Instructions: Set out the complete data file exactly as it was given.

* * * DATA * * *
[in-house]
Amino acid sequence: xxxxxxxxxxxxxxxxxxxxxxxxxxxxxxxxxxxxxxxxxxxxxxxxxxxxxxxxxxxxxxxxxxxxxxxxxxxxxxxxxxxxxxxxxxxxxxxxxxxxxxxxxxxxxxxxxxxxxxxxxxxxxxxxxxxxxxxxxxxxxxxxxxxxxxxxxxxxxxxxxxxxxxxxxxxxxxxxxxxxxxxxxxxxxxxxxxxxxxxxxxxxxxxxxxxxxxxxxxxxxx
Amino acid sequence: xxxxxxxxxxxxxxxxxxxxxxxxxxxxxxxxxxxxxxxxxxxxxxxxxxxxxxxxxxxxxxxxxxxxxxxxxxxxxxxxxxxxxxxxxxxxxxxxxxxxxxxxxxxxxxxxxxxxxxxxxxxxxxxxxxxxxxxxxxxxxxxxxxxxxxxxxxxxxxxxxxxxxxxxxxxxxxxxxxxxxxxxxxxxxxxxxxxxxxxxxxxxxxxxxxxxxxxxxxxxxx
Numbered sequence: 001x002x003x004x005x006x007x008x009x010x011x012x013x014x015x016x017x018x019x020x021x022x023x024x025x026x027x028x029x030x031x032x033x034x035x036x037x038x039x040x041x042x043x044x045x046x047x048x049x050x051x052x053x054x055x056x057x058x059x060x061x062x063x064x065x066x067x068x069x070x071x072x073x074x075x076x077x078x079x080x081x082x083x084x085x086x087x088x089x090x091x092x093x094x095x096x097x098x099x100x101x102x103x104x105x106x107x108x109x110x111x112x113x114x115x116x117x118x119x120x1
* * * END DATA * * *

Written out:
[in-house]
Amino acid sequence: xxxxxxxxxxxxxxxxxxxxxxxxxxxxxxxxxxxxxxxxxxxxxxxxxxxxxxxxxxxxxxxxxxxxxxxxxxxxxxxxxxxxxxxxxxxxxxxxxxxxxxxxxxxxxxxxxxxxxxxxxxxxxxxxxxxxxxxxxxxxxxxxxxxxxxxxxxxxxxxxxxxxxxxxxxxxxxxxxxxxxxxxxxxxxxxxxxxxxxxxxxxxxxxxxxxxxxxxxxxxxx
Amino acid sequence: xxxxxxxxxxxxxxxxxxxxxxxxxxxxxxxxxxxxxxxxxxxxxxxxxxxxxxxxxxxxxxxxxxxxxxxxxxxxxxxxxxxxxxxxxxxxxxxxxxxxxxxxxxxxxxxxxxxxxxxxxxxxxxxxxxxxxxxxxxxxxxxxxxxxxxxxxxxxxxxxxxxxxxxxxxxxxxxxxxxxxxxxxxxxxxxxxxxxxxxxxxxxxxxxxxxxxxxxxxxxxx
Numbered sequence: 001x002x003x004x005x006x007x008x009x010x011x012x013x014x015x016x017x018x019x020x021x022x023x024x025x026x027x028x029x030x031x032x033x034x035x036x037x038x039x040x041x042x043x044x045x046x047x048x049x050x051x052x053x054x055x056x057x058x059x060x061x062x063x064x065x066x067x068x069x070x071x072x073x074x075x076x077x078x079x080x081x082x083x084x085x086x087x088x089x090x091x092x093x094x095x096x097x098x099x100x101x102x103x104x105x106x107x108x109x110x111x112x113x114x115x116x117x118x119x120x1